The Eliot Spitzer scandal comes as a shocker to me.
Spitzer has been a good friend of a good friend of mine, and I spent a little time with him and his nice wife, Silda, at a rehearsal dinner and a fancy wedding in New York a few years back when he was AG.
He seemed like a really smart, savvy, hard-charging, ambitious politician. Nothing sleazy about him.
Rectitude was his calling card, and he’s trumped himself with it.
He always wanted to be the first Jewish president, but Russ Feingold has nothing to fear from him now.
I don’t care much for sanctimonious hypocrites, and I thought Spitzer was better than that.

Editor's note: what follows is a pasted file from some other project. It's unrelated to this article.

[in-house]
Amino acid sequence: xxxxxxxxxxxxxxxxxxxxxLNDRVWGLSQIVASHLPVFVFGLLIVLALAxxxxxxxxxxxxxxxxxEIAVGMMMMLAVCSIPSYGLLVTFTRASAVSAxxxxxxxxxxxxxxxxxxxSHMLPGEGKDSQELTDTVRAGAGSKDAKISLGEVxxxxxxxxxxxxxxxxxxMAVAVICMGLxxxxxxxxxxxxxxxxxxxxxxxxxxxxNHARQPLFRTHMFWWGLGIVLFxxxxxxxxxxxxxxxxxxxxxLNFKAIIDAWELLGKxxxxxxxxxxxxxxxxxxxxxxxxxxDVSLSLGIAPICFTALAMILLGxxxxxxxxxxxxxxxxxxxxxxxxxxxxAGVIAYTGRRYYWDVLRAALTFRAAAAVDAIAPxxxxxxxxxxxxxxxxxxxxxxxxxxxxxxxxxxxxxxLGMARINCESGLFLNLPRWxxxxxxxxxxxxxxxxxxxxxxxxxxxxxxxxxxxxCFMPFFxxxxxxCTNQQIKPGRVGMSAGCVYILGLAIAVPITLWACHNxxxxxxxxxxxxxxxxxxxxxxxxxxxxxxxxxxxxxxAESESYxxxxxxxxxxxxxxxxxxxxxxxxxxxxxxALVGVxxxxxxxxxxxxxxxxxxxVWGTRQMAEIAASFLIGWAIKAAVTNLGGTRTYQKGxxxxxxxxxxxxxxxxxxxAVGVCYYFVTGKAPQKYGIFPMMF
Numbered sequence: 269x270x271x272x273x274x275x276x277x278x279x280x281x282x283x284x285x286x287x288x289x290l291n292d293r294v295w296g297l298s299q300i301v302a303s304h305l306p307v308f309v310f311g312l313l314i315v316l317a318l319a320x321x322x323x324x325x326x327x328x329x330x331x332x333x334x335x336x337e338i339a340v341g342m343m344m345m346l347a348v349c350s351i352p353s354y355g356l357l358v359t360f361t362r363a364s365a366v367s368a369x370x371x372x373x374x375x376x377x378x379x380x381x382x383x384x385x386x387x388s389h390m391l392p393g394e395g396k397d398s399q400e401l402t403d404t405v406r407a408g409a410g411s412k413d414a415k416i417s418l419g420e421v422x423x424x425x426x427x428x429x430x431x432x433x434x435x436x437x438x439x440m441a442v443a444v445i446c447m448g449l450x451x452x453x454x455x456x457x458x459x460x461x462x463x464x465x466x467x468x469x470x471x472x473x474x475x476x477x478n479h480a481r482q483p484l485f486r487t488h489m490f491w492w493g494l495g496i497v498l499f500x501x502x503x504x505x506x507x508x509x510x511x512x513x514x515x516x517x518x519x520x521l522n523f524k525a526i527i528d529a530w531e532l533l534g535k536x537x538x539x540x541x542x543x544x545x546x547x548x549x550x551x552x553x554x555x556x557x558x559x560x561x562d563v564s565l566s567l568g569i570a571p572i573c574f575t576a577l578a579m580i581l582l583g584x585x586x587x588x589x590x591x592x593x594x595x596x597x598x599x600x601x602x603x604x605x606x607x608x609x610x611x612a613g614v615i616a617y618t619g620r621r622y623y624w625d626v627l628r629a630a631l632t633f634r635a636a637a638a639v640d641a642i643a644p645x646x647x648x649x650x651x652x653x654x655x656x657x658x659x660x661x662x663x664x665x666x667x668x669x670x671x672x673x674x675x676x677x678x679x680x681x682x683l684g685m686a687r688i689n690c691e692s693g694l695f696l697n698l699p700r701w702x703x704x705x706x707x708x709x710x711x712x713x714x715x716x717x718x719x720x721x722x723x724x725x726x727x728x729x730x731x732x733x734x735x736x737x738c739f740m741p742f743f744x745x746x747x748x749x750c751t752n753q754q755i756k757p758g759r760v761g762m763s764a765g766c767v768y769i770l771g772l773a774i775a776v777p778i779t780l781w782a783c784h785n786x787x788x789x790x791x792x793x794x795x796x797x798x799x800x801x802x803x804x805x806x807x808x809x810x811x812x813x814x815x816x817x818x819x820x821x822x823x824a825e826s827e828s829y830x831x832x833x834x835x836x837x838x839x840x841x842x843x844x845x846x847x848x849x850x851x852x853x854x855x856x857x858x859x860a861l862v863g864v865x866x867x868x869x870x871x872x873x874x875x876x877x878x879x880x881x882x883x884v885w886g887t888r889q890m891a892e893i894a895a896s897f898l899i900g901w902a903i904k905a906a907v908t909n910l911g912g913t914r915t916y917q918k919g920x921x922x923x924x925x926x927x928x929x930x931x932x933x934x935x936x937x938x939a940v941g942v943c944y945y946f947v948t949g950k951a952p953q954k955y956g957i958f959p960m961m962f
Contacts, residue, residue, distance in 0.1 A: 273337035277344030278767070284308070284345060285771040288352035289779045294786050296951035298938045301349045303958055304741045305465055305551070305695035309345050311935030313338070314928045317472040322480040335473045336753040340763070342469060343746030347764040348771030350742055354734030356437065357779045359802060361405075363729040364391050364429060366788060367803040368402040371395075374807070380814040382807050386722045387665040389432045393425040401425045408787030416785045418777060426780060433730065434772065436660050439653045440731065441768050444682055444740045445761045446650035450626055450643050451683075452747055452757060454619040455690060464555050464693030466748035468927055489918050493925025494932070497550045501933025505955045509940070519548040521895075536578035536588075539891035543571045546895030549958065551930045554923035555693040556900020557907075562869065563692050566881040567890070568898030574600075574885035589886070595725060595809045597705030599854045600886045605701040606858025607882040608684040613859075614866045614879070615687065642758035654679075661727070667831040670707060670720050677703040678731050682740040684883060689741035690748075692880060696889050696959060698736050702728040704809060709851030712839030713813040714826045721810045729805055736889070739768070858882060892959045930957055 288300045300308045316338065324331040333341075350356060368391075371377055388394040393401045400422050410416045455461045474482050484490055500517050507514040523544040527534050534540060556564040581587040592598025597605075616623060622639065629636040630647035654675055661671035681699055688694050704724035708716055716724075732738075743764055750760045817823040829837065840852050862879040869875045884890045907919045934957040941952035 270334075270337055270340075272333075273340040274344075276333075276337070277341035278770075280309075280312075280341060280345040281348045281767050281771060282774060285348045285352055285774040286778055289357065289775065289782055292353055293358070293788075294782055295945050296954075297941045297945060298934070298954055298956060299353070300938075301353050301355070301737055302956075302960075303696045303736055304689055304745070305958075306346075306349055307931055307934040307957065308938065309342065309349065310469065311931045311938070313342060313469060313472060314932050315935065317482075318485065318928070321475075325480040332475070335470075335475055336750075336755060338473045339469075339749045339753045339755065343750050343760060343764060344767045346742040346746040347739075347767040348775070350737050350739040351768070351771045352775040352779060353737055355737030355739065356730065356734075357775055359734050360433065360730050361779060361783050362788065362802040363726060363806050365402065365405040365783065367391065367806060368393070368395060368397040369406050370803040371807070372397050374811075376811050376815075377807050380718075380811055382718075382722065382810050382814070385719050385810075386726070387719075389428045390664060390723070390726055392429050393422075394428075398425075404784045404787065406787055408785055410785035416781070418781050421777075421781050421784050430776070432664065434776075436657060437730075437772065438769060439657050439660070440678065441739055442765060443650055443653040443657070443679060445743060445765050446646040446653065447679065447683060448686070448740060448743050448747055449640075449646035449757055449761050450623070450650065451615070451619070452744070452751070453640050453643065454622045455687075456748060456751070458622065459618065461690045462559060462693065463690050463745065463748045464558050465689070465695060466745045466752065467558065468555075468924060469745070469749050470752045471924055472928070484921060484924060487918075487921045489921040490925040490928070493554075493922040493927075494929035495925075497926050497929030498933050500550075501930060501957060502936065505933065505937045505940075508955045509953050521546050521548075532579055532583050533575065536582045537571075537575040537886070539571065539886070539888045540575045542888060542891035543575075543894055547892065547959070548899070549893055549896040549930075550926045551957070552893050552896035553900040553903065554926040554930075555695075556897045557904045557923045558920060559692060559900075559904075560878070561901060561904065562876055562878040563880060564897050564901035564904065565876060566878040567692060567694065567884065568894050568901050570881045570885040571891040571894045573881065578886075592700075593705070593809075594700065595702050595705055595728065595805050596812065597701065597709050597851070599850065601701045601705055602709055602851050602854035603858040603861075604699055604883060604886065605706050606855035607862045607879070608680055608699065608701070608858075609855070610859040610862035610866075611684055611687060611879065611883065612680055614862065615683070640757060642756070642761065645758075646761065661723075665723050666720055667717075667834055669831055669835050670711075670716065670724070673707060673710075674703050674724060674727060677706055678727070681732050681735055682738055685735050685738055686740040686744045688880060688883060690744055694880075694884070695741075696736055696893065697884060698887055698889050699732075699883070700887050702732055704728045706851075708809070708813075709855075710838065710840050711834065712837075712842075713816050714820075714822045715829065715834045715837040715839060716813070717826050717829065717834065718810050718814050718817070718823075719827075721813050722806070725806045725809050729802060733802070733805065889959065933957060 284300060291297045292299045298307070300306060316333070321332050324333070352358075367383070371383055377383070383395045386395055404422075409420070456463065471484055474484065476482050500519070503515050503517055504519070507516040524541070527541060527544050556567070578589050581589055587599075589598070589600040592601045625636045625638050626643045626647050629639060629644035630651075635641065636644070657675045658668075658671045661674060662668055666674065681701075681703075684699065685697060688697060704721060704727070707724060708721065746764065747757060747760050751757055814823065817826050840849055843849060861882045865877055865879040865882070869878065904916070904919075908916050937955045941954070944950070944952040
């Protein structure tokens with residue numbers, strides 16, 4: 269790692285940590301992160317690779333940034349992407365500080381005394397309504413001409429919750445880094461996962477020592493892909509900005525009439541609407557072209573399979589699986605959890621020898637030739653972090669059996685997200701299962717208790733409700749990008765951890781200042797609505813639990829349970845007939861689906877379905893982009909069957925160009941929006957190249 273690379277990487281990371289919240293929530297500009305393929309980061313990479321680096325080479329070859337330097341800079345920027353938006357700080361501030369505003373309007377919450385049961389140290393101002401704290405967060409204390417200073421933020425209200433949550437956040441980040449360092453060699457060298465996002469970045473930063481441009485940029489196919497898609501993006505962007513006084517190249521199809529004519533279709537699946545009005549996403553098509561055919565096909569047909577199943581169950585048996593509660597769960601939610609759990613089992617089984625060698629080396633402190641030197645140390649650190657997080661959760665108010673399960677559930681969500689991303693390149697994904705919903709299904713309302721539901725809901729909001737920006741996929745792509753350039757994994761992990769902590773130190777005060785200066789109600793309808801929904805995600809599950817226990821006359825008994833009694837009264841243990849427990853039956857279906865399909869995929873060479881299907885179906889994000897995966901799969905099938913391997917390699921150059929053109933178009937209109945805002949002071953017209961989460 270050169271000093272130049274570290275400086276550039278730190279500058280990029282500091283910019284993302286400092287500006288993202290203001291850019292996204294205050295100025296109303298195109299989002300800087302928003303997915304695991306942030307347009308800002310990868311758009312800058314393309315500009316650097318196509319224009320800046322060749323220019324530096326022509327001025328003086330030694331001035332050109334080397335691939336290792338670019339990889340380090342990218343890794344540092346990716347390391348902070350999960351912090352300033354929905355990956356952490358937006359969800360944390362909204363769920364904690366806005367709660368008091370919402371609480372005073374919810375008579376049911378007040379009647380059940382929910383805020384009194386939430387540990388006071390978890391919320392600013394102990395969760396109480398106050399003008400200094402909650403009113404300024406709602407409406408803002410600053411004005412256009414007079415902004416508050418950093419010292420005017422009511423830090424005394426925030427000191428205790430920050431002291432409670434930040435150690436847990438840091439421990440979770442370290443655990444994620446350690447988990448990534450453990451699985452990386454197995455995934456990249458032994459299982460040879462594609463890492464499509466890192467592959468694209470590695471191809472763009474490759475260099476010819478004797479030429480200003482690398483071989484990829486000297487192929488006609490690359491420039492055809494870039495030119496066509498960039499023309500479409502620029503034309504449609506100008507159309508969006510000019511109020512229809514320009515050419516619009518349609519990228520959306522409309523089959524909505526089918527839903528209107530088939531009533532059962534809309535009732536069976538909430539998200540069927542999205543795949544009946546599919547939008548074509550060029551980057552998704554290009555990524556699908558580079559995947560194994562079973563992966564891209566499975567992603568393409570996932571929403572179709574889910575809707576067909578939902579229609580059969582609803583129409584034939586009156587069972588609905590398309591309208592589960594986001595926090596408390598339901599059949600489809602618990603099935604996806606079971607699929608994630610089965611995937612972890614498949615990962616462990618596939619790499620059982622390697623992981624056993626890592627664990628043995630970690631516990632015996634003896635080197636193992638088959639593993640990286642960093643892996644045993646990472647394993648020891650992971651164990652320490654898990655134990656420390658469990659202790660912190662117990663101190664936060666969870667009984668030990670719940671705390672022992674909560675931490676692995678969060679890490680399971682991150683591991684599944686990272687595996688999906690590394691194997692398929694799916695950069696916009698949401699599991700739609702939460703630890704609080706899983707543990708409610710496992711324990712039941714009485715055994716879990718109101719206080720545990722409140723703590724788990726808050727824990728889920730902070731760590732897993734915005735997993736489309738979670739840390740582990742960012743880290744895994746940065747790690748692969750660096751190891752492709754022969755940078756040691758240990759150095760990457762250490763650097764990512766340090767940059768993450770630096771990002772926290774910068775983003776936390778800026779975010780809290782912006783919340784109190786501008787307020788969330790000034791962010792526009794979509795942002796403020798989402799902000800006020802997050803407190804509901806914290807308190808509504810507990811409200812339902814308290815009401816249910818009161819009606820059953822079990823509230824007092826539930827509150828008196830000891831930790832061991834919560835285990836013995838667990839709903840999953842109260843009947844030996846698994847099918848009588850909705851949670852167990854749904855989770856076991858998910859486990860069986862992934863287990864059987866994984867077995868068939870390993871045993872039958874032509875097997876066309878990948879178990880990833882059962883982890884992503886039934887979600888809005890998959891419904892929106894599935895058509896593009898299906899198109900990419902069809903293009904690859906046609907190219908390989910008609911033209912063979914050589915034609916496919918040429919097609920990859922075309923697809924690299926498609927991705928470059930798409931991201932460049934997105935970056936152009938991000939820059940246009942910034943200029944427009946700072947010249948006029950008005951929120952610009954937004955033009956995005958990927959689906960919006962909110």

And I just don’t get these politicians and their Achilles Heel—well, it’s a little north of that, I guess.
To his credit, in his public life, Spitzer made the right enemies: the Wall Street fixers who bilked the American public.
But in his secret private life, he has disgraced himself, and anyone watching the scene could not help but feel for his wife, Silda, and their daughters.
I do wonder, however, whether his own privacy was violated in this instance.
How come the feds can look into anybody’s financial transactions and sniff around for improprieties?
Spitzer got snagged after IRS “investigators conducting a routine examination of suspicious financial transactions forwarded to them by banks found several unusual movements of cash involving the governor,” according to the New York Times.
So banks now are in the practice of ratting out their own customers?
Even as we luridly watch the fall from grace and power of another pol, we should at least be alert to the possibility that the government is overreaching once more, with the help of the private sector.
For a related story, click here: http://rawstory.com.